Love & Adversity in Faith

Ok, bear with me, but take a moment to read the following passage:

2 Corinthians 1

1 Paul, an apostle of Christ Jesus by the will of God, and Timothy our brother,

To the church of God in Corinth, together with all his holy people throughout Achaia:

2 Grace and peace to you from God our Father and the Lord Jesus Christ.

Praise to the God of All Comfort

3 Praise be to the God and Father of our Lord Jesus Christ, the Father of compassion and the God of all comfort, 4 who comforts us in all our troubles, so that we can comfort those in any trouble with the comfort we ourselves receive from God. 5 For just as we share abundantly in the sufferings of Christ, so also our comfort abounds through Christ. 6 If we are distressed, it is for your comfort and salvation; if we are comforted, it is for your comfort, which produces in you patient endurance of the same sufferings we suffer. 7 And our hope for you is firm, because we know that just as you share in our sufferings, so also you share in our comfort.

8 We do not want you to be uninformed, brothers and sisters,[a]about the troubles we experienced in the province of Asia. We were under great pressure, far beyond our ability to endure, so that we despaired of life itself. 9 Indeed, we felt we had received the sentence of death. But this happened that we might not rely on ourselves but on God, who raises the dead. 10 He has delivered us from such a deadly peril, and he will deliver us again. On him we have set our hope that he will continue to deliver us, 11 as you help us by your prayers. Then many will give thanks on our behalf for the gracious favor granted us in answer to the prayers of many.

I was reading through this passage while riding home from a funeral Tuesday. No, no one in my immediate family passed, but rather I was there for support for the family of the deceased (my future in-laws) and I kept thinking about how differently people view life and death with or without a relationship with God.

Funerals are naturally a parting of the ways that comes to everyone, but it is the nature of the passing, and the outlook of the living that transforms funerals from sorrow to mournful peace. It is certainly alarming to understand the reality of the gap an individual occupied now empty, and it’s not wrong to mourn by any means, but the real question is, are you hopeful or hopeless? Are you comforted or uncomfortable with regret?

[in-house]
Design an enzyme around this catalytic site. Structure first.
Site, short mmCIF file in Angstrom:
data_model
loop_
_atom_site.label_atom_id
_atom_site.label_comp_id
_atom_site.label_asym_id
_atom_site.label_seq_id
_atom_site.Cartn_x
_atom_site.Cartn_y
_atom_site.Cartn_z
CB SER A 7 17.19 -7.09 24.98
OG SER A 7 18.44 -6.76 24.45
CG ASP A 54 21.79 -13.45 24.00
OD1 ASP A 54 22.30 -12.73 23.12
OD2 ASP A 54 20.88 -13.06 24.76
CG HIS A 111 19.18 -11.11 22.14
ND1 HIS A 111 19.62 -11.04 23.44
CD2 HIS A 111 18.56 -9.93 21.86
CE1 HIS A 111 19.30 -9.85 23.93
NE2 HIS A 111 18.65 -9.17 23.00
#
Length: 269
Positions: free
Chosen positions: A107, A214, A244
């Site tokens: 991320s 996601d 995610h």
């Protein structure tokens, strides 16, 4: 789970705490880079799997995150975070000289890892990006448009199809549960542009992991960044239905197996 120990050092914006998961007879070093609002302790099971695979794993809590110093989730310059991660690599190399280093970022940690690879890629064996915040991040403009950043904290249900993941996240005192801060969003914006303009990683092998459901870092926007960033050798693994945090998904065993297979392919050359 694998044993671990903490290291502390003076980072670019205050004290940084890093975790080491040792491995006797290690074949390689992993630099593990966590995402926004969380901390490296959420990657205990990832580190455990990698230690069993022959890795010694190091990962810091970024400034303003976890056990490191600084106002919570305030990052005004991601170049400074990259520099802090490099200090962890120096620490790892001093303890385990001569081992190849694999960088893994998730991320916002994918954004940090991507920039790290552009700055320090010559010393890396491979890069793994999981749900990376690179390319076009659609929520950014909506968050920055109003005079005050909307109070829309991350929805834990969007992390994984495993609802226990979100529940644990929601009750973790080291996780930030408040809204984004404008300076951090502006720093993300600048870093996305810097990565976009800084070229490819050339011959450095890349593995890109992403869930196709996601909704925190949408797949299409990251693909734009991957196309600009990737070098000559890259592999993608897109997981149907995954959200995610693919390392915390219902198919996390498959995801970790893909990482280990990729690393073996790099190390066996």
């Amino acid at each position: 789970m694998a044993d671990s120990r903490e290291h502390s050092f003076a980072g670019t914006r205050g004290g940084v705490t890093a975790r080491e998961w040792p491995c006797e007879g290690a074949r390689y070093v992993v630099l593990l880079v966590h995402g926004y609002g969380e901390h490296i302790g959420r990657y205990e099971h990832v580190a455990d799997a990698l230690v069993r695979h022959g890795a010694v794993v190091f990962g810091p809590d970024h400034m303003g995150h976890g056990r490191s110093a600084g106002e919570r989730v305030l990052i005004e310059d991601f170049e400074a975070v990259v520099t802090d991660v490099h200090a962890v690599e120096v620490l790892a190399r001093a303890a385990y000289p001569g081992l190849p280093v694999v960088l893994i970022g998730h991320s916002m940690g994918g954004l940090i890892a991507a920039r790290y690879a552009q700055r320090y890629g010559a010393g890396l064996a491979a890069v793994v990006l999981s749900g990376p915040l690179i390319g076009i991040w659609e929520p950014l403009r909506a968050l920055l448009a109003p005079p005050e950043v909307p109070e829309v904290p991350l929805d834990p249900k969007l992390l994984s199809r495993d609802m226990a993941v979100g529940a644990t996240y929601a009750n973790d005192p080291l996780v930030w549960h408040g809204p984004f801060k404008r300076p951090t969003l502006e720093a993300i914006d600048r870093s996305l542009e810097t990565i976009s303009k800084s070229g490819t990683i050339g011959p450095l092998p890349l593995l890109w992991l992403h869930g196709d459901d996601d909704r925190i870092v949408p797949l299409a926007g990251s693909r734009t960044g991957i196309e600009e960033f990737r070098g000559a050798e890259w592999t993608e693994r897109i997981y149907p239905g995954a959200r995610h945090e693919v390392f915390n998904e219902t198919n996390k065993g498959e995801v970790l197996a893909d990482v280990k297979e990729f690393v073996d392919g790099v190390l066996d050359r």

The passage above was timely, because it was a snapshot of Paul being uncharacteristically vulnerable. He so often bore the kind of reputation Christians can easily covet today (super exciting God story, passionate preaching, extroverted teaching, fearless leadership and determination), but in this moment he admits that he wasn’t so strong. He says he was in over his head and despaired being alive.

Now it makes sense why he prefaced this confession with truth from God. To be honest, I can identify with that through times I was shaken but not forsaken- I had nothing left but to look at the Word and pray for its truth to fill up my life again. I told myself what was true again and again because it was all that got me through when people were failing, and my life was shredding itself to pieces.

But that pain wasn’t the end of it. Indeed, it was more like the beginning. God saved me from that dark time, and it was to be expected because He promises help (I always recall Psalms 131, 136, 139), and it’s exactly what He did for Paul in this passage.

“Indeed, we felt we had received the sentence of death. But this happened that we might not rely on ourselves but on God, who raises the dead. 10 He has delivered us from such a deadly peril, and he will deliver us again. On him we have set our hope that he will continue to deliver us, 11 as you help us by your prayers.”

The darkness isn’t to ruin us, but rather to refine us. I love how Paul points out that this time was an opportunity for them to “not rely on ourselves but on God, who raises the dead.” I know that most of my feeble spiritual insight isn’t something new, but I would encourage you to remember that the Christian faith is tried and true, even when the basic tenets of what we believe are forgotten in the daily wear of life. Remember who you are in Christ. Remember your purpose. But most of all, remember that you are loved. God does not want you to fail, but to learn to have greater faith in Him, nurtured by His love, that in turn we can give to others:

“3 Praise be to the God and Father of our Lord Jesus Christ, the Father of compassion and the God of all comfort, 4 who comforts us in all our troubles, so that we can comfort those in any trouble with the comfort we ourselves receive from God. 5 For just as we share abundantly in the sufferings of Christ, so also our comfort abounds through Christ. 6 ”

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